5 days ago
  • Skeptical Science New Research for Week #12, 2020
    Tamper with The System? Well, we already are. But there's a difference between accidentally trickling sand into a precision gearbox versus formulating a plan to alter it on the fly with improvements in mind. One action is more or less innocently unscrupulous, the other amenable to earning an easy ...
    5 days ago
  • Avoidable hospitalisations: Helping our health system get through COVID-19
    Associate Prof George Thomson, Louise Delany, Prof Nick Wilson While it is possible that New Zealand can use intense public health controls to eradicate COVID-19 from the country – we must also plan for other scenarios where thousands of New Zealanders are sick – including many urgently hospitalised.1 Better resilience ...
    SciBlogsBy Public Health Expert
    5 days ago
  • Raise the Bar: 10 questions to ask your employer proposing redundancy
    Kia ora my name is Chloe Ann-King* and I am the founder of Raise the Bar, a campaign and non-profit that gives free legal aid, advocacy and tautoko to hospitality workers in Aotearoa. Right now all over our country hospo workers are being fired at will, having shifts cut or being ...
    PosseBy chloeanneking
    6 days ago
  • An equitable way to support business
    The Herald reports that the government is planning to lend billions of dollars to large businesses to keep them operating during the pandemic. As with mortgage relief, this is necessary: we need companies to stay in business, to reduce the economic damage and help things get restarted again when this ...
    No Right TurnBy Idiot/Savant
    6 days ago
  • Hard News: Together Alone
    We're about to do something unprecedented as a nation. We hope that by taking this extraordinary action before a single life in New Zealand has been lost to the deadly novel virus we will save tens of thousands of lives. Our  lives. We'll do it together, in households, in isolation ...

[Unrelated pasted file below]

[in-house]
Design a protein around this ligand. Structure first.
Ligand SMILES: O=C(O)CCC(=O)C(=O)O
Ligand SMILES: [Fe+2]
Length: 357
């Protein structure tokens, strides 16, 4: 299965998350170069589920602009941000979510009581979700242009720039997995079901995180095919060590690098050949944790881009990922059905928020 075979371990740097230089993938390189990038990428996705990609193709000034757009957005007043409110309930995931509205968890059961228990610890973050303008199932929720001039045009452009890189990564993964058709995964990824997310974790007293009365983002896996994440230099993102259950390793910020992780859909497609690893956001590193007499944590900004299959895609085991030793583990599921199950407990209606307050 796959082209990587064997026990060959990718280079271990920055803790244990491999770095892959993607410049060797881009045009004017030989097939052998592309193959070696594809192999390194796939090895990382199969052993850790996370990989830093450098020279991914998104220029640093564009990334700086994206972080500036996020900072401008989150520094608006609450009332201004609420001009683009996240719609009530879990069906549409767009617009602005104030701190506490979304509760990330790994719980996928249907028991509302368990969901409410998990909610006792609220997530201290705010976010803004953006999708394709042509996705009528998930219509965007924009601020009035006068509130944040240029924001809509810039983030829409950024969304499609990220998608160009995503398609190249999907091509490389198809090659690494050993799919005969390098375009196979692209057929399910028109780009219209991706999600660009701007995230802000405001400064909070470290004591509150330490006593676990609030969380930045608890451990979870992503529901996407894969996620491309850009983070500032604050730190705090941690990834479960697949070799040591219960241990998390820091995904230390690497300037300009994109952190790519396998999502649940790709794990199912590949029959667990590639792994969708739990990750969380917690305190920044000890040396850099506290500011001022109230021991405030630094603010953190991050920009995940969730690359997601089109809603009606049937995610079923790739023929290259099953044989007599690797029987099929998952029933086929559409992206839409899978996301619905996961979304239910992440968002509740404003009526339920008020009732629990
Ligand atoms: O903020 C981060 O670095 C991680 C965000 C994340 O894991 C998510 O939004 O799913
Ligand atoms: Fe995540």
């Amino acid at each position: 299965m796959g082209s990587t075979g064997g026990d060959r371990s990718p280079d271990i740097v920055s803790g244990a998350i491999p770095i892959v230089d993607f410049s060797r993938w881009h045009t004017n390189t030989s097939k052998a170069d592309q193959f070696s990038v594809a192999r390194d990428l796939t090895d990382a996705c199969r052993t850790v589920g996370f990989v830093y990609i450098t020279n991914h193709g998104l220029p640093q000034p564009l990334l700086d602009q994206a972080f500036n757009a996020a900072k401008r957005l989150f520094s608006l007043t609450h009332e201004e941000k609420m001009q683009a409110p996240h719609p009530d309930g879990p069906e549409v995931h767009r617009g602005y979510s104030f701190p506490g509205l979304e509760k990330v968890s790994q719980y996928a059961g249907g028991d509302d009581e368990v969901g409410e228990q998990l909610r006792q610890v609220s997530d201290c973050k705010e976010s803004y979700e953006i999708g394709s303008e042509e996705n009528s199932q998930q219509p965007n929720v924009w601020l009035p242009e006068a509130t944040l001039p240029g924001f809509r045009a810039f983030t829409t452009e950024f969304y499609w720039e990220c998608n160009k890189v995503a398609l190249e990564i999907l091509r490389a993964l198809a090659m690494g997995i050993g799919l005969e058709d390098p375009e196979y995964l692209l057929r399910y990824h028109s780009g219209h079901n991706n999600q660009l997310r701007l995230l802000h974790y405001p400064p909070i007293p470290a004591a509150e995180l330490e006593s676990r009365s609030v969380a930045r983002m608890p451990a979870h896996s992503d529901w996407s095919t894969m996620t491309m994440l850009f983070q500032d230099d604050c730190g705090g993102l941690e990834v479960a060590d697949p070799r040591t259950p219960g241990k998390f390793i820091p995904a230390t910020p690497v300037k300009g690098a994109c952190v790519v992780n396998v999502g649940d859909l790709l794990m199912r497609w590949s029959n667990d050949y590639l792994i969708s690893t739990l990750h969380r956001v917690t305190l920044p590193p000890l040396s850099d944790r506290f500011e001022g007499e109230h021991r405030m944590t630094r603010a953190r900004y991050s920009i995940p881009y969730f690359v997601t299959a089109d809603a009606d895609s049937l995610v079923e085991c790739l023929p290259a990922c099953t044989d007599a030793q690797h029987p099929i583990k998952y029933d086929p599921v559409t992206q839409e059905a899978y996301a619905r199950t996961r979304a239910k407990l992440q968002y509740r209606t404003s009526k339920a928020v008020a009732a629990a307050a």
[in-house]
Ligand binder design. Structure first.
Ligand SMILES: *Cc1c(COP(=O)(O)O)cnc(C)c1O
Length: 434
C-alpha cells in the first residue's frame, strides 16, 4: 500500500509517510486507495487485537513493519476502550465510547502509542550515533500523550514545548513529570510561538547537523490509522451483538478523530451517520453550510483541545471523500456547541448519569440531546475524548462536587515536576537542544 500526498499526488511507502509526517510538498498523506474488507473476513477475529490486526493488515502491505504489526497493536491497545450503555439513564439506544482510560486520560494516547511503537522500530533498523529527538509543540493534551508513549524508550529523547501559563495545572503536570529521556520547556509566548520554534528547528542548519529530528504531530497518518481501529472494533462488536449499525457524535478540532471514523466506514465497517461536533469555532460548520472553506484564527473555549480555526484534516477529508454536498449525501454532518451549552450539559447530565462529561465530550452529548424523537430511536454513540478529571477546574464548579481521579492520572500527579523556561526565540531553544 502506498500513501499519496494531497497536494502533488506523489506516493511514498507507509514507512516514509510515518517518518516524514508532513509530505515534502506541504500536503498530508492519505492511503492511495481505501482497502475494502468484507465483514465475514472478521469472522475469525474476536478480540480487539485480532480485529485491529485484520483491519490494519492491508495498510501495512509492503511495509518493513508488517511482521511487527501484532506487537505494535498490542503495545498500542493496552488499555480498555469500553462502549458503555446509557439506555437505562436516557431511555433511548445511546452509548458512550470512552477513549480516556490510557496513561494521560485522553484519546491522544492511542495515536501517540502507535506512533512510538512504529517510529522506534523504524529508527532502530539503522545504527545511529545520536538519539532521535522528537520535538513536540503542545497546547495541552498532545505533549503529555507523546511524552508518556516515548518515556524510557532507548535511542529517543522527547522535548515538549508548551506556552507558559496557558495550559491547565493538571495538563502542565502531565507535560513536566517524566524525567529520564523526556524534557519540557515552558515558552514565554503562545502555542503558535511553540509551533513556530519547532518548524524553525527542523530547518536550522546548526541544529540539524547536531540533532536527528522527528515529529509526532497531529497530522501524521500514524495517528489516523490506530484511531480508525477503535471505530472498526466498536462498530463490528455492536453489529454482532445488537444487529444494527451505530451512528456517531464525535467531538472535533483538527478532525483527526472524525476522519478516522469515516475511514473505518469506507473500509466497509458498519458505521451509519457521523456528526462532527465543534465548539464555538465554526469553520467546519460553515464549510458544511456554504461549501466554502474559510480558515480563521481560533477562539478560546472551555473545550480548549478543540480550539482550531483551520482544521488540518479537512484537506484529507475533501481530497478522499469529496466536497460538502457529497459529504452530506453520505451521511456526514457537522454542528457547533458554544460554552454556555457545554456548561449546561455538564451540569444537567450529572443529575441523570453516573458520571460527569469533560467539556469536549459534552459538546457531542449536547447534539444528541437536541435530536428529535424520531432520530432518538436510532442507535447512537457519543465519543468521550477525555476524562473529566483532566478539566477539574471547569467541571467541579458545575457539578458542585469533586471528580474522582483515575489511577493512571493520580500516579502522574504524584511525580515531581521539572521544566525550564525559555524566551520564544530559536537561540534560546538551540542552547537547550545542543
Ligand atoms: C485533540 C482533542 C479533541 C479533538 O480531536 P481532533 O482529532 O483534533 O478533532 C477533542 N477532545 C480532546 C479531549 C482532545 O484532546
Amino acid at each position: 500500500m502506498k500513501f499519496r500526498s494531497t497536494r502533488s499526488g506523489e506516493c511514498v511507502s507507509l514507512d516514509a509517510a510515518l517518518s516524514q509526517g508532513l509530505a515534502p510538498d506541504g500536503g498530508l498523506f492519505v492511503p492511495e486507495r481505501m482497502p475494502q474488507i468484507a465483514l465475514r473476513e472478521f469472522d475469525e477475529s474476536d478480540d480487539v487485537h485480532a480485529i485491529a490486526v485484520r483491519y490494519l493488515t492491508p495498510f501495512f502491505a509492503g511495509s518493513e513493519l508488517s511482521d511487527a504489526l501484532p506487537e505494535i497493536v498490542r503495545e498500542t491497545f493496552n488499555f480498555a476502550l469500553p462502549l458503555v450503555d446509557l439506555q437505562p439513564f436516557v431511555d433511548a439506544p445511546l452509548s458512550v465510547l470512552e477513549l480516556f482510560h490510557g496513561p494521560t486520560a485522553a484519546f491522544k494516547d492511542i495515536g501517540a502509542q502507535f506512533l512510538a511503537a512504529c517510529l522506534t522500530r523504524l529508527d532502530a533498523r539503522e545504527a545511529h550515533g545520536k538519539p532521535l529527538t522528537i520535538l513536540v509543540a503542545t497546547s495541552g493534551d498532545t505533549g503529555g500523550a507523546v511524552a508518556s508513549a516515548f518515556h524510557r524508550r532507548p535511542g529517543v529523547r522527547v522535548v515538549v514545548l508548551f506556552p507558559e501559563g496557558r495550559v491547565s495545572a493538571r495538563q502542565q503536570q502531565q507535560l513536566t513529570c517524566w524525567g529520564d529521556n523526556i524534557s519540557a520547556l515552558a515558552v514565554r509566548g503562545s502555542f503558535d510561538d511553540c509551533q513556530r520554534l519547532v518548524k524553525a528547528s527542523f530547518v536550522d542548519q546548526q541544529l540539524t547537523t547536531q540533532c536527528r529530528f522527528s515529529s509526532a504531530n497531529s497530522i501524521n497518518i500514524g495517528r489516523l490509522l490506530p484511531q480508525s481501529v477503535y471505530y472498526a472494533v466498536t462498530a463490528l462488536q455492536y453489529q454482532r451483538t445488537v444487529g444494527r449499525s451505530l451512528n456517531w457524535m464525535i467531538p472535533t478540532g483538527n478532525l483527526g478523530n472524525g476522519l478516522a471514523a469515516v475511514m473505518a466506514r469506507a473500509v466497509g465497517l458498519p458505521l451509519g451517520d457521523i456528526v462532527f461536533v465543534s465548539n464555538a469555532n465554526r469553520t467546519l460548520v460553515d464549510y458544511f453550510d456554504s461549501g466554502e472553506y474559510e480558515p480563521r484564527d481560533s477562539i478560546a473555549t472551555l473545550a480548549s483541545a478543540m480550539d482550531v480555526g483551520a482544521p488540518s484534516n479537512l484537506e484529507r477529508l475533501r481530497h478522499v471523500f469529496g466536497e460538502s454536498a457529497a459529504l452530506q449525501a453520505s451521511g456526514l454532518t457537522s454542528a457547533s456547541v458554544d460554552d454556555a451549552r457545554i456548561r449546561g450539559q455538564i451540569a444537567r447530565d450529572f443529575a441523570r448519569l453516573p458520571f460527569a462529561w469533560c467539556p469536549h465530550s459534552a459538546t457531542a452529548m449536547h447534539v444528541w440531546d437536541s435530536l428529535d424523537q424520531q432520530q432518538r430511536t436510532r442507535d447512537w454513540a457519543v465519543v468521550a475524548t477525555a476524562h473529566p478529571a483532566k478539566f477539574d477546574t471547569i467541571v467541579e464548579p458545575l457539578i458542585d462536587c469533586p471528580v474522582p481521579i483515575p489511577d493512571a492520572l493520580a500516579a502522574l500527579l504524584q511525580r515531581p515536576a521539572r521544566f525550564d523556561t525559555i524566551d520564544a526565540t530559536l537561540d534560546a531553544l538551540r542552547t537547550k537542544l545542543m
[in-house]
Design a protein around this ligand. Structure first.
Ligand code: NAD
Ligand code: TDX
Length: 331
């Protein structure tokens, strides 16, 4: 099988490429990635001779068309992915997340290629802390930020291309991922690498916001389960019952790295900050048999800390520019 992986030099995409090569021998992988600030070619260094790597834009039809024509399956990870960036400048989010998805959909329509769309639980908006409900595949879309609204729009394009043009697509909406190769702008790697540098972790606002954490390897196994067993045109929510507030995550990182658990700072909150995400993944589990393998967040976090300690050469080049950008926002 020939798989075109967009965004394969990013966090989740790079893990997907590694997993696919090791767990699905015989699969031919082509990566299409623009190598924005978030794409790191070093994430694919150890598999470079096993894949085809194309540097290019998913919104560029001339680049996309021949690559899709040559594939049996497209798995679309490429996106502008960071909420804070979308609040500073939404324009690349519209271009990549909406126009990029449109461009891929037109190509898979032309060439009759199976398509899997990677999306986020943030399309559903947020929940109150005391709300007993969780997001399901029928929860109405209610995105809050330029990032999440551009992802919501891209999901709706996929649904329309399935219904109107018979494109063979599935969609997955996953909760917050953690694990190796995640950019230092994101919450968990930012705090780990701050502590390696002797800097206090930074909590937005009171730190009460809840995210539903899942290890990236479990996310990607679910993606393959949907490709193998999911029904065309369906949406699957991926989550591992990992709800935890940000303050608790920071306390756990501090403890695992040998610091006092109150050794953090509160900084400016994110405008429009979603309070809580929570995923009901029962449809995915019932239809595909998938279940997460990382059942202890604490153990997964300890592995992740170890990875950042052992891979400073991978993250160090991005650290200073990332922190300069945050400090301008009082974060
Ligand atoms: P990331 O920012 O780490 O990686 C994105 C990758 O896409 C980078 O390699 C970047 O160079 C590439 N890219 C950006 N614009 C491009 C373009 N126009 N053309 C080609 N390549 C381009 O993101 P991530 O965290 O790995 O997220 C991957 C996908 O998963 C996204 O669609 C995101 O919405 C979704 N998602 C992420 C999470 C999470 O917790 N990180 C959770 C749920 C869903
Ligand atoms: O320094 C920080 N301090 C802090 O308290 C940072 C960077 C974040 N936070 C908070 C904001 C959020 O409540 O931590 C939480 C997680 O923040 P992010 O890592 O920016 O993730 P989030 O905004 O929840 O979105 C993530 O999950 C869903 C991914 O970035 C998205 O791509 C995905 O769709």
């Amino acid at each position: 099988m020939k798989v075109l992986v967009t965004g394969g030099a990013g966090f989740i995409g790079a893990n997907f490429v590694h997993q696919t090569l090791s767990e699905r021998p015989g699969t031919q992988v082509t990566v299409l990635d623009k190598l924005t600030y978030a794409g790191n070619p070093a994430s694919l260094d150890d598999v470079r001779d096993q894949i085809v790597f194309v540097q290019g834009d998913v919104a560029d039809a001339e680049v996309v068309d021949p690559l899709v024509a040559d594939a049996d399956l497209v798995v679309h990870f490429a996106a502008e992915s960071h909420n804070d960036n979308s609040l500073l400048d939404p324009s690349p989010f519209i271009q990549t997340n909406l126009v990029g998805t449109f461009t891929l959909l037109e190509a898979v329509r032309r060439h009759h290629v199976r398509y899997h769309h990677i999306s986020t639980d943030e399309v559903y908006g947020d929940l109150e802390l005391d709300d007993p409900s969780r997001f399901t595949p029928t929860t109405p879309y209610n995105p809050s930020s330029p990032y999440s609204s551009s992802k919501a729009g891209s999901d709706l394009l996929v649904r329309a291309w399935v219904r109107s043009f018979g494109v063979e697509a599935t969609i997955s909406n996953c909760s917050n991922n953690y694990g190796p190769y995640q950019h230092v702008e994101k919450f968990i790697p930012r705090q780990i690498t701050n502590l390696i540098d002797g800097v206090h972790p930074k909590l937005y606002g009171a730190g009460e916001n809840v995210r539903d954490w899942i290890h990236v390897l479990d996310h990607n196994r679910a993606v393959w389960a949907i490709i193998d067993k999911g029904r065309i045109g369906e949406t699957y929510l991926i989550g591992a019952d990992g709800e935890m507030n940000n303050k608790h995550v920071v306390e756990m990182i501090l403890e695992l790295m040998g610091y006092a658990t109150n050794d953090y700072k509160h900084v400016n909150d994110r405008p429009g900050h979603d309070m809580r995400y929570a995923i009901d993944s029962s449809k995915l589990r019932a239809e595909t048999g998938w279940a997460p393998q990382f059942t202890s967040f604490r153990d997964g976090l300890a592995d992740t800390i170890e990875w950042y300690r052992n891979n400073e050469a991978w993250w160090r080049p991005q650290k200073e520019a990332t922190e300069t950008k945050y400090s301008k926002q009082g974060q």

6 days ago
  • Why timing is everything: ‘A time to refrain from embracing’ starts today
    “There is a time for everything,    and a season for every activity under the heavens.”So writes the author of Ecclesiastes, a book in the Old Testament that’s counted as a ‘wisdom’ book and written as if by an unnamed king of Jerusalem. But who would have thought there would be a time ...
    PunditBy Tim Watkin
    6 days ago
  • Dealing with the Covid-19 Tsunami.
    I was surprised when the prime minister described the Economic Response to Covid-19 package as the ‘largest peacetime government spend in New Zealand's history’. Reflecting – checking through history – I realised that the term ‘spend’ was crucial and the package had no income tax cuts. Even so, it has ...
    PunditBy Brian Easton
    6 days ago
  • What about renters?
    The government today announced the latest part of its pandemic relief package: a six-month mortgage holiday for people whose incomes have been affected by the pandemic. Which is great, because these people are going to need help, and that's what the government should be doing. At the same time, it ...
    No Right TurnBy Idiot/Savant
    6 days ago
  • Living within our means.
    Years ago the Argentine sociologist Carlos Weisman wrote a book titled “Living within our Means.” It was a critique of Argentine society that focused on the paradoxical question of why, in a land of plenty, there was so much economic instability, inequality, corruption and political turmoil. His conclusion was basically ...
    KiwipoliticoBy Pablo
    6 days ago
  • Transparency and the pandemic
    Parliament will be leading by example and adjourning tomorrow after a special sitting to consider an epidemic notice and state of emergency. Day-to-day oversight of the government will be delegated to a select committee. But that's not the only overight mechanism. The OIA will still be law, and (so far) ...